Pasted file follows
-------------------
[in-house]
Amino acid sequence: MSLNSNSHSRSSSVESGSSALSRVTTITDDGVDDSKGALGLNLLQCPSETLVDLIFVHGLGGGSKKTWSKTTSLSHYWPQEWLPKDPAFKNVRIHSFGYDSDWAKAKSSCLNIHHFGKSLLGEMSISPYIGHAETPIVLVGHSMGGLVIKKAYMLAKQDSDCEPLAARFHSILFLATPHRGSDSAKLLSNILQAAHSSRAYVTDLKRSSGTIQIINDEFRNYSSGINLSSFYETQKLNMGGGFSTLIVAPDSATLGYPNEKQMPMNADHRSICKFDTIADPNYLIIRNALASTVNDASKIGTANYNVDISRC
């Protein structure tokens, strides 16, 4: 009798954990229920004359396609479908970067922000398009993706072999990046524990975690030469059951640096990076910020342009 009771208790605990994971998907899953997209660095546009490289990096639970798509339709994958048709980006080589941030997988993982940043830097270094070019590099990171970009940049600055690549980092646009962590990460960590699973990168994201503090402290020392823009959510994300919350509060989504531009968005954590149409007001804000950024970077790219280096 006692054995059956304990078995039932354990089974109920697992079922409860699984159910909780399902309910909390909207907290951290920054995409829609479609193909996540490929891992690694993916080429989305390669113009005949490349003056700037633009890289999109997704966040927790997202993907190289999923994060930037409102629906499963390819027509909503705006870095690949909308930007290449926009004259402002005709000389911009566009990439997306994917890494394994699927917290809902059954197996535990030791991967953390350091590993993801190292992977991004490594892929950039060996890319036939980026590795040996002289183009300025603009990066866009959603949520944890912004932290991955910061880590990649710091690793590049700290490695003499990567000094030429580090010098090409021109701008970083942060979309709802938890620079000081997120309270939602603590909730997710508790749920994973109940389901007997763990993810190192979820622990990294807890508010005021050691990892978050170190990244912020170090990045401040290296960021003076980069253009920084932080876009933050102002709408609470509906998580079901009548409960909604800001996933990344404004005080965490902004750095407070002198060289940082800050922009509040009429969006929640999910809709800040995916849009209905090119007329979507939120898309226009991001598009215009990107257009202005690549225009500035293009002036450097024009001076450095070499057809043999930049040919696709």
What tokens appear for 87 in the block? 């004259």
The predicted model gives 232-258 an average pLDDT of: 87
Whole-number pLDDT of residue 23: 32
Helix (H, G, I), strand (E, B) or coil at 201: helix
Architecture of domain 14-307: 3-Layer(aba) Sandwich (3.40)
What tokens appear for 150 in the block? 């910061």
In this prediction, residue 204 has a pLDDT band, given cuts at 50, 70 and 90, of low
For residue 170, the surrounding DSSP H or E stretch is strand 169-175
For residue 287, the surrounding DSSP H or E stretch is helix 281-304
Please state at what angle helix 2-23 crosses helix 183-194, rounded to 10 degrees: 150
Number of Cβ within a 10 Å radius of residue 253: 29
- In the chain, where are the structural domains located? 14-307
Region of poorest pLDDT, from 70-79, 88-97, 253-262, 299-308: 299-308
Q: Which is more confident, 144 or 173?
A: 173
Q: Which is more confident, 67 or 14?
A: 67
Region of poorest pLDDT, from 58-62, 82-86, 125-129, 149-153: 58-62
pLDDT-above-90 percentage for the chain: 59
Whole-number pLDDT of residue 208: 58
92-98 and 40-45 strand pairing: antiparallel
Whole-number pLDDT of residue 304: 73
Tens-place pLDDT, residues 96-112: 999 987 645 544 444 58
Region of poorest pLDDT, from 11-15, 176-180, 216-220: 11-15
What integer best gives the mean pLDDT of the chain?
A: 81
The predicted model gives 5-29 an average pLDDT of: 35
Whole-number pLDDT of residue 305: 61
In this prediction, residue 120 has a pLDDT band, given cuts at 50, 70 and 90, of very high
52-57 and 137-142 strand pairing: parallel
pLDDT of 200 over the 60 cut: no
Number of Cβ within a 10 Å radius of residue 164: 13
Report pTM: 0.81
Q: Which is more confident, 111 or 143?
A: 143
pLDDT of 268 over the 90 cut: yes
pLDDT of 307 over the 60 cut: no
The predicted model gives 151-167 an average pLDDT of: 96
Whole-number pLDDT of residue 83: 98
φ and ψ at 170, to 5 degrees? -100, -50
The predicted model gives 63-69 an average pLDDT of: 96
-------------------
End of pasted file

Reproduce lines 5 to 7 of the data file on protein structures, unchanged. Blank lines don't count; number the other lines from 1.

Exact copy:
The predicted model gives 232-258 an average pLDDT of: 87
Whole-number pLDDT of residue 23: 32
Helix (H, G, I), strand (E, B) or coil at 201: helix